I am currently working on editing my non-fiction/poetry collection called AMPHETAMINE PSYCHOSIS, trying to meet a self-imposed deadline.
Here’s another excerpt.
The stars above me become airplanes flying through the dark. Everything is moving. And if I try hard enough it’s like I can feel the rotation of the planet beneath me. Like I can feel myself moving through space.
I can feel the whole planet.
And the airplanes are flying above me. Flashing their red and blue lights. And the stars are not hidden by clouds.
It’s three in the morning and I’m pacing along the lake. Lake Michigan. The beach closed hours and hours ago. It’s the same beach we used to come to when we first moved to the city. With a case of beer and a water bottle full of vodka. And some friends. And we’d have a fire, until the police came to kick us out. This beach. It’s quiet and lonely now. Not like it used to be.
I am alone on the beach.
I bury my feet in the cold sand and just listen. There’s nothing but the water lapping against the shore and the beating of my heart. That irregular thud against my hollow bones.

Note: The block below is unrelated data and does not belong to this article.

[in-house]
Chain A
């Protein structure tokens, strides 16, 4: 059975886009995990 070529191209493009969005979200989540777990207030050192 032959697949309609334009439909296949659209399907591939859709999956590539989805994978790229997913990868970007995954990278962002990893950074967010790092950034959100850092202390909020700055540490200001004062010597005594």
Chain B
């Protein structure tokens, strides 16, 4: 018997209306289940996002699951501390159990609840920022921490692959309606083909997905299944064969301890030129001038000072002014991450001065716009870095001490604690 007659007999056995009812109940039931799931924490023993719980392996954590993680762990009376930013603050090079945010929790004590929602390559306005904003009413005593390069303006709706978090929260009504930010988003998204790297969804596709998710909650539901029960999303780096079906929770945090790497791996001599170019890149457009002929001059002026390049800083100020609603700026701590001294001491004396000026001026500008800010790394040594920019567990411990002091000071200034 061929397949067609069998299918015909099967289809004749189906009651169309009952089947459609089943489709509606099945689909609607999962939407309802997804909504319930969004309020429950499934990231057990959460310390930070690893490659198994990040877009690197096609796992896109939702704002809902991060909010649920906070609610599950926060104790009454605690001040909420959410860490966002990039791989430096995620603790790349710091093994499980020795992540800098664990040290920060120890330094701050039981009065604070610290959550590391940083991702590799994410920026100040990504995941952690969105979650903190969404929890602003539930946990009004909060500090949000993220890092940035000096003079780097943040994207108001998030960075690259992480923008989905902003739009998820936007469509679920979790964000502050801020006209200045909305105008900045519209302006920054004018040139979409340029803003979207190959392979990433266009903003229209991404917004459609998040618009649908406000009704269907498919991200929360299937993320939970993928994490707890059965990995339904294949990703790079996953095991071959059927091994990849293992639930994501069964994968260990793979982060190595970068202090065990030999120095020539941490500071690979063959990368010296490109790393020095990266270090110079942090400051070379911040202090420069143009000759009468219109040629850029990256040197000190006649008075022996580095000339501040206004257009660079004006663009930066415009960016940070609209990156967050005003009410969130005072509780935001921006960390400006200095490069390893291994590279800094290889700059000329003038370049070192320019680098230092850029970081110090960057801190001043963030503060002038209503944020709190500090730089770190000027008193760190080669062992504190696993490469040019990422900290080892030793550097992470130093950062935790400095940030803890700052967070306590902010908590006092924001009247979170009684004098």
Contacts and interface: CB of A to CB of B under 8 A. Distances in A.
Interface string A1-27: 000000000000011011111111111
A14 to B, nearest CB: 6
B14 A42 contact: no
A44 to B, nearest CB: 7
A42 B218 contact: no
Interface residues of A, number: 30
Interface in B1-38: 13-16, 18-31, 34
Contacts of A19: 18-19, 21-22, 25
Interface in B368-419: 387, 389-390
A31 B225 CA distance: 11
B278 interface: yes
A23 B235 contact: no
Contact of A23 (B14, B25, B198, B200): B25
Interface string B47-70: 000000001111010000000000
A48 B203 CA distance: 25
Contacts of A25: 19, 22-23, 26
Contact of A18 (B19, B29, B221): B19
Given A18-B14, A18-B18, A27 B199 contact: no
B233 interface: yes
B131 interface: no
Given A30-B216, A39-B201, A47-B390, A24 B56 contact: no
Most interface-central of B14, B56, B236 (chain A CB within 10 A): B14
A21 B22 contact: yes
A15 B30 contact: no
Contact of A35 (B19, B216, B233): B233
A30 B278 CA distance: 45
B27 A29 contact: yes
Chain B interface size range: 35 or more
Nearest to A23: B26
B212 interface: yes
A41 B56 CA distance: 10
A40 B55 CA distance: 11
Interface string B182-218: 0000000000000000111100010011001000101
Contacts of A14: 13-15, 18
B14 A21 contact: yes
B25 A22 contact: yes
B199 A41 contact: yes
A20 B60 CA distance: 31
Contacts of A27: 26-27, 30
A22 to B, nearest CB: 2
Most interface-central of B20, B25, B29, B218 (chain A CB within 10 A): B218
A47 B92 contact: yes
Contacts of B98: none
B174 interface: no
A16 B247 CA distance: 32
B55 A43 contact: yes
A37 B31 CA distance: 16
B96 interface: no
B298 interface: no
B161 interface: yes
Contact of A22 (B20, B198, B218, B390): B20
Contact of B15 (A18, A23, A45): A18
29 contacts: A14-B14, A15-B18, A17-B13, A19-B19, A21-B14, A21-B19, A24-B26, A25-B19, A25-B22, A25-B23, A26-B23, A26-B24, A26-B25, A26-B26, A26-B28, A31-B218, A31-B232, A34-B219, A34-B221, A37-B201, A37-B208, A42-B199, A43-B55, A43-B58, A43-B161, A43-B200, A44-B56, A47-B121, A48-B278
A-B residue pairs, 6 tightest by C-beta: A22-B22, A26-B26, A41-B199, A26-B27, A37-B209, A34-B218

The lake is a black pit in the darkness. There is nothing alive out here. And it’s too quiet for such a populated city. How could it ever be this quiet?
I dig around in the sand. Feel it clump up against my sweaty skin. I think about sandcastles. About how I never remember building one. Ever. Growing up on the south side of Chicago, we didn’t make it to the beach often. Even though it was so close. We didn’t make it out of the neighborhood as much as we probably should have.
A dog barks somewhere and I think about walking out into the black waters. I think about walking forever. I think about walking out to the middle of the lake and letting my body sink hundreds and hundreds of feet to the bottom.
I think about letting myself drown out in the middle of Lake Michigan. I think about dying in a place where no one will ever find me. And I can truly be free. Alone for all eternity.
I think about holding my breath until I am able to breath under water. And that way I’ll never have to come back to this place.
But I don’t do any of that. I just fall back into the sand and look up at the stars and the airplanes and the birds flying there. And I dry-swallow another pill and listen to the sound of my heartbeat and the lapping of the lake against the shore until it all becomes the same thing.
And I watch the night become day again. And I hear the city wake up around me.